Hi everyone! Since making this website, a lot of things have changed, so I thought I would share with you what my life looks like now.

I was diagnosed with Friedreich's Ataxia almost 7 years ago (which is absolutely crazy to think about). I am a full-time wheelchair user now. Most of the time, I use a motorized chair called the Whill CI because it helps with my fatigue level and increases my independence. I still have the ability to walk short distances with a lot of assistance. My heart has developed mild hypertrophic cardiomyopathy, but it is not something that my doctors are very concerned about. We just keep a close eye on it in case of any change. My speech and hearing are only mildly affected. 

 

Now onto the exciting stuff that is not FA related!

I am a freshman marketing major at the University of Arkansas. I'm living a six hour drive away from my dad, so it is definitely a big change! Since being in college, I have learned to live completely independently and not let my disability stop me. I do laundry, shower, clean, and cook (still not the best at cooking lol) all by myself! Living independently has been the most rewarding experience and I am so glad that I chose to do it. I have met so many amazing people while at college and have learned so much. I am in a sorority on campus (going through rush with a disability was a wild experience) and am very involved there. I am the happiest that I have been in a while and have gone through a lot of personal growth.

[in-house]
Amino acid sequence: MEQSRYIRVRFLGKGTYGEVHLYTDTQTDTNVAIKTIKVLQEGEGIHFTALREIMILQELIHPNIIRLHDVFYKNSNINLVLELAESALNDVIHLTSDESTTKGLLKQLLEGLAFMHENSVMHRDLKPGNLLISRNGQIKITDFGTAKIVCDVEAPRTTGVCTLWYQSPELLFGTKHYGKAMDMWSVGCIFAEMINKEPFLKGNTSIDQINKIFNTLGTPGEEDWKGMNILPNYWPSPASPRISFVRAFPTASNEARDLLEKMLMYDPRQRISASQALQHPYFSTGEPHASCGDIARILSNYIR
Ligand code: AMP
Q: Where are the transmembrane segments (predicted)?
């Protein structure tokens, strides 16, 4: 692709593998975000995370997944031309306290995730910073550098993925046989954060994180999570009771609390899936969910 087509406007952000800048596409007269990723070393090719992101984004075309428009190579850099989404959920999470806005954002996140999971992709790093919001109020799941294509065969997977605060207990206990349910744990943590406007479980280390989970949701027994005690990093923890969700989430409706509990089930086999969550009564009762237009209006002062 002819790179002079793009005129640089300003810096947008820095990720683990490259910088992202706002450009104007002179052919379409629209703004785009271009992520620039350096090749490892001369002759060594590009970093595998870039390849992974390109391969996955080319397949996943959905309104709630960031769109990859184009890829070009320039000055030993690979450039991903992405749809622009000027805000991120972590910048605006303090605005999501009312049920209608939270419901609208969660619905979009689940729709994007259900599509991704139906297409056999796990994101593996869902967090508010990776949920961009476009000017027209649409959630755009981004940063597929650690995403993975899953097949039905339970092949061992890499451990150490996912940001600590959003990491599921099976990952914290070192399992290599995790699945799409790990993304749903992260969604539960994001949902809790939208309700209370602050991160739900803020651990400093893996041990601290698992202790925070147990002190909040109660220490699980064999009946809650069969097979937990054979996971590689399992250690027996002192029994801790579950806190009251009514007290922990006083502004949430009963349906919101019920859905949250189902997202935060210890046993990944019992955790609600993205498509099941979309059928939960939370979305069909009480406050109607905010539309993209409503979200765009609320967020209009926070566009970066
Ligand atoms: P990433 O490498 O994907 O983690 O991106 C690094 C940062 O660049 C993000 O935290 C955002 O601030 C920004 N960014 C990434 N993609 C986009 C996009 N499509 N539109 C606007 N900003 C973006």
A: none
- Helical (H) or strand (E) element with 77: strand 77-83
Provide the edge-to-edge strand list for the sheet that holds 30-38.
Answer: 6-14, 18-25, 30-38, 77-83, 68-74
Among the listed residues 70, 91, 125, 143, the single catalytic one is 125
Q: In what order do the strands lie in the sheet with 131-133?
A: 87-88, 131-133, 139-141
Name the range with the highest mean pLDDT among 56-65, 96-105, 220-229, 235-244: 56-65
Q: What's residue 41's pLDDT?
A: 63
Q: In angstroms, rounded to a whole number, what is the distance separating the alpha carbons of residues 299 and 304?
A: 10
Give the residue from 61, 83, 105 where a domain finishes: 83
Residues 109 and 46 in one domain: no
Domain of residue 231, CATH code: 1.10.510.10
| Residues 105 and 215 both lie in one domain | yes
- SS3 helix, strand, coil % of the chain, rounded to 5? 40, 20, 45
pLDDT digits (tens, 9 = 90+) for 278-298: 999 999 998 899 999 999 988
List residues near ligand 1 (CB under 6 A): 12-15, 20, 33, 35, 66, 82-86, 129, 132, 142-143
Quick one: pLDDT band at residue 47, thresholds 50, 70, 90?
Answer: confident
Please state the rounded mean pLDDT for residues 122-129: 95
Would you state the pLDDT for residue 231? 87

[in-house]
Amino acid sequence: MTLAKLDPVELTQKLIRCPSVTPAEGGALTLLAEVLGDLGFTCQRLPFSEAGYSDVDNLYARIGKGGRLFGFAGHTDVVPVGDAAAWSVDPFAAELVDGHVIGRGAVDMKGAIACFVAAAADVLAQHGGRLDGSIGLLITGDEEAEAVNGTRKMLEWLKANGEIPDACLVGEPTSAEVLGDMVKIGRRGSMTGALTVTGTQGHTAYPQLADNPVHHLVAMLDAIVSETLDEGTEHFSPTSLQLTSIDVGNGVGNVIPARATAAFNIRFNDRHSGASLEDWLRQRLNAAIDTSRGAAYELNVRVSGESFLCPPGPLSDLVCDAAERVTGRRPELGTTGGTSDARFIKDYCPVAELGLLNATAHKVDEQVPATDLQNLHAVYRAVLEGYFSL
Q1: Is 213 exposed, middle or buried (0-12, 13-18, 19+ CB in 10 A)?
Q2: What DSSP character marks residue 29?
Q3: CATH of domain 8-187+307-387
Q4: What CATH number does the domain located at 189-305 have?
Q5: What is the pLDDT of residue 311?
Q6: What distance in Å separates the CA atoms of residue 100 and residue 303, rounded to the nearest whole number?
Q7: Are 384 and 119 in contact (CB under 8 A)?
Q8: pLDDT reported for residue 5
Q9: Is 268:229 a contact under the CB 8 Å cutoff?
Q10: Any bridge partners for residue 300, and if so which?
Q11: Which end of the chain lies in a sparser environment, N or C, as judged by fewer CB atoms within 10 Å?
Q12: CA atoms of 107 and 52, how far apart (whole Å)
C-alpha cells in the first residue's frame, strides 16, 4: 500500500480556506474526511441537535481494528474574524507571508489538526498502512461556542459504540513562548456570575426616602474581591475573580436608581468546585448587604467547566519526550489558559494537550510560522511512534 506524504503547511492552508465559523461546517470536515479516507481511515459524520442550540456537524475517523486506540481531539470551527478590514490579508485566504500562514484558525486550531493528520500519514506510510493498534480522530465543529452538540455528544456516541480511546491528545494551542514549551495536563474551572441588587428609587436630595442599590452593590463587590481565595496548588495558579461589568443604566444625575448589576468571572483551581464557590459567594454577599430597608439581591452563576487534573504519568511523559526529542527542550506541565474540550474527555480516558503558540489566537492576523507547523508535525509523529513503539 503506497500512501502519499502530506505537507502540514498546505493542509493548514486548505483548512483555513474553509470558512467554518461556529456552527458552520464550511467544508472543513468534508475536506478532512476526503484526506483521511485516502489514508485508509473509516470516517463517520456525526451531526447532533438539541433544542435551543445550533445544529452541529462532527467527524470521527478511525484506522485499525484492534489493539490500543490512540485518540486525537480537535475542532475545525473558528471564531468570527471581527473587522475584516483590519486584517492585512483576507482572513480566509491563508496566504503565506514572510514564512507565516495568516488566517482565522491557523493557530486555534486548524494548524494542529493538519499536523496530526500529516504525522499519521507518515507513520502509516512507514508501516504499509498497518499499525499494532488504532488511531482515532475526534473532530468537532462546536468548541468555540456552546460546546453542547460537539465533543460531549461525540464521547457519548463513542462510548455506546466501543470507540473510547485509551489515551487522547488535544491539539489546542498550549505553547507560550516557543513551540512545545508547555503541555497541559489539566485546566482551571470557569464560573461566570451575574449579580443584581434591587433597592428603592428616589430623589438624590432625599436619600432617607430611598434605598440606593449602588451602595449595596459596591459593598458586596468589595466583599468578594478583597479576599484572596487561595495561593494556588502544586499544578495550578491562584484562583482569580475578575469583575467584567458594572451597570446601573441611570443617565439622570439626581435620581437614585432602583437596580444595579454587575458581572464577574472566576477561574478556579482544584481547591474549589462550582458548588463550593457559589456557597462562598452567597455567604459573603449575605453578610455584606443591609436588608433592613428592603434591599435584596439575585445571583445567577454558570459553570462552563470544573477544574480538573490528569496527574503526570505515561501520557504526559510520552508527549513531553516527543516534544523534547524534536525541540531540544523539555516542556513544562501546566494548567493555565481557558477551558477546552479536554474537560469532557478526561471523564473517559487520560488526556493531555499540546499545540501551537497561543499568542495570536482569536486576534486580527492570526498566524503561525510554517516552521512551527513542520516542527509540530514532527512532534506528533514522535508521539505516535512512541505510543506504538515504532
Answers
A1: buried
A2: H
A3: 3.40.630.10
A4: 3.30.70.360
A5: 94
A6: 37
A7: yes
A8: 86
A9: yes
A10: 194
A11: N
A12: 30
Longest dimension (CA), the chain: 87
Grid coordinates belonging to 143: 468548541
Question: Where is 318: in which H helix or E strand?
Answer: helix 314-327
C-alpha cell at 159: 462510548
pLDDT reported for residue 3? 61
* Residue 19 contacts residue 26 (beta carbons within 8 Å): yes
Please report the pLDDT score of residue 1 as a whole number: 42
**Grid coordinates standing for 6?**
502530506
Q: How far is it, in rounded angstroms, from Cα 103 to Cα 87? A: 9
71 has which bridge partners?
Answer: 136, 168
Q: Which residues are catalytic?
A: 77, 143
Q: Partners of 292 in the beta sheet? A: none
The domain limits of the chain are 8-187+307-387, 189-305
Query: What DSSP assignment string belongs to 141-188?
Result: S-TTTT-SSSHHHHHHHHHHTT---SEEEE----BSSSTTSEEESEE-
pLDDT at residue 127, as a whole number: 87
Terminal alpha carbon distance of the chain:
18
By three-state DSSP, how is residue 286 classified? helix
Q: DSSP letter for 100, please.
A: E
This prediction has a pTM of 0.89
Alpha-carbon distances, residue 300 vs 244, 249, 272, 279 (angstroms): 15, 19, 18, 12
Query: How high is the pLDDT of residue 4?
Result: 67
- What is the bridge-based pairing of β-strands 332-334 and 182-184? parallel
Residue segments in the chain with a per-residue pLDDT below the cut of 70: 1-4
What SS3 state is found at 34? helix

I still keep up with my social medias, so definitely go follow me there to keep up with what I am up to! I am a lot more busy now than I was in high school, so my posts are a little less consistent, but I still try to keep posting a priority. Thank you so much for taking the time to check out my website and I hope to see you somewhere else on the Internet!

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FAQ:

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Does having a rare disease limit your social life at all?

Not really! I am pretty much your average college student, I just happen to be disabled. Sometimes, the fatigue that is a symptom of FA can be a struggle because I do not always have the energy to go out and hang out with my friends. But mostly, I just live my life as if FA weren't there. 

Do you still go to therapy?

YES! I go to a physical therapist once a week while I am at school. I also go to a counselor once a week. When I am home, I go to a physical and occupational therapist there and continue seeing my counselor through telehealth.

Where do you have to travel to go to the doctor? 

I have 4 amazing doctors that work together to figure out what is best for me! I have a cardiologist and an orthopedist in New Orleans at Oschner's. I also have a neurologist that specializes in FA and another cardiologist at Children's Hospital of Philadelphia.

Can you still walk?

Yes. I can still walk with a walker or with human support. However, I do not walk outside of physical therapy anymore because I am prone to fall and it is very exhausting for me.

Can you drive?

Yes, I use hand controls!

Do you have any sort of muscle pain?

Yes. I get bad leg cramps, mostly at night. When I am in my chair or not moving for a long time, my hips and legs will be sore and cause sharp pains.